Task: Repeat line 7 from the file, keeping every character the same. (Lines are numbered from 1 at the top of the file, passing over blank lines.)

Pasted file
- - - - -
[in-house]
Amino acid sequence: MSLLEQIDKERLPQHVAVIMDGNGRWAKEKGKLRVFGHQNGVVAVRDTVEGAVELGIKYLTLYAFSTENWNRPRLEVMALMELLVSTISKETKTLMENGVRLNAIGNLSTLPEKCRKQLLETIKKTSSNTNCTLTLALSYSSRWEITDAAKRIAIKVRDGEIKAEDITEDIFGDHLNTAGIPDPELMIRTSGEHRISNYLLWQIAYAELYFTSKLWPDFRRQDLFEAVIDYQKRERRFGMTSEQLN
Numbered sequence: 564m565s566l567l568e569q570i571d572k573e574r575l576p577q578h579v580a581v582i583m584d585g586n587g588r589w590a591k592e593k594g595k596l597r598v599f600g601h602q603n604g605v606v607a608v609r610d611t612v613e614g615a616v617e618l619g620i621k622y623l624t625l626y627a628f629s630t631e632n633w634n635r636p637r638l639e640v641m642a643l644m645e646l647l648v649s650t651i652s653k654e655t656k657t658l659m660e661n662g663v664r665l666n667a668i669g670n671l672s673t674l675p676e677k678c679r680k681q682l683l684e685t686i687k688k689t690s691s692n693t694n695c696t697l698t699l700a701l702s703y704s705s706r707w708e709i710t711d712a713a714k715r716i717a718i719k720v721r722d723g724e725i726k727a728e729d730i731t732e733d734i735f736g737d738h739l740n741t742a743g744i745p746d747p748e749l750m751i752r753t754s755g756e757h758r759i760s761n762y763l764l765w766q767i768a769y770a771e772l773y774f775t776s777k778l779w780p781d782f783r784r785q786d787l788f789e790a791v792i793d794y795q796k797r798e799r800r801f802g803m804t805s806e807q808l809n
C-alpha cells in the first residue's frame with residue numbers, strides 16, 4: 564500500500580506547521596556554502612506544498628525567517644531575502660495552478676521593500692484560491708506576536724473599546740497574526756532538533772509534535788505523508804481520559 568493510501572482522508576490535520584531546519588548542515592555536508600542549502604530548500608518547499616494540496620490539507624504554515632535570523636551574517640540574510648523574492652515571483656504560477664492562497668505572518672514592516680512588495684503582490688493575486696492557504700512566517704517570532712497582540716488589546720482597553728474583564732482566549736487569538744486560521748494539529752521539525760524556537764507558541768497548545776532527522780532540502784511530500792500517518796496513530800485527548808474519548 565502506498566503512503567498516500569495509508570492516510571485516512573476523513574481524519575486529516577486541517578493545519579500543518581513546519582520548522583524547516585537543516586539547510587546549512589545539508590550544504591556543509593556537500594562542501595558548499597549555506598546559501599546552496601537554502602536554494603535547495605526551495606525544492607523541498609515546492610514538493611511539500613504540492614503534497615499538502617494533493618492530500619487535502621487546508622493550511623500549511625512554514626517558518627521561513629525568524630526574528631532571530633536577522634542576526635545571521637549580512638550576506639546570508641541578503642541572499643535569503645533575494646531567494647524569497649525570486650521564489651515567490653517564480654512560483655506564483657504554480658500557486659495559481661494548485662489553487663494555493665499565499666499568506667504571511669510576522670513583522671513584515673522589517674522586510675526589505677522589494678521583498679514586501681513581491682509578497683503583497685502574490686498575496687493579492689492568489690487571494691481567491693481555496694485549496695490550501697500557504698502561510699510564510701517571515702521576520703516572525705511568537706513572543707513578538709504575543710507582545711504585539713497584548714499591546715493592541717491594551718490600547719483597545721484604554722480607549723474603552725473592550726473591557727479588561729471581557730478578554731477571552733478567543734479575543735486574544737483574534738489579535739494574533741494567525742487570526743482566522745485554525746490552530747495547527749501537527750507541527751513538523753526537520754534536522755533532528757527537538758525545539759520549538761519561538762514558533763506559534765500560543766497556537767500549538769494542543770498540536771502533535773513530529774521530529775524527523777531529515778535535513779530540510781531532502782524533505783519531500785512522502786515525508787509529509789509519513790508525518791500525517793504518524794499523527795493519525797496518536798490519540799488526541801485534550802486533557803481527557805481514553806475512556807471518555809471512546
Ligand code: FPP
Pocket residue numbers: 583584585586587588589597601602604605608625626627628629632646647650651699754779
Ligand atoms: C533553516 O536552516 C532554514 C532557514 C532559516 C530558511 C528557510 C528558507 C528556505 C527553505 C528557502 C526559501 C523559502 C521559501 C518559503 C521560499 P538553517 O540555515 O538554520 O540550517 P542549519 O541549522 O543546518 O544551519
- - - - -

Ligand atoms: C533553516 O536552516 C532554514 C532557514 C532559516 C530558511 C528557510 C528558507 C528556505 C527553505 C528557502 C526559501 C523559502 C521559501 C518559503 C521560499 P538553517 O540555515 O538554520 O540550517 P542549519 O541549522 O543546518 O544551519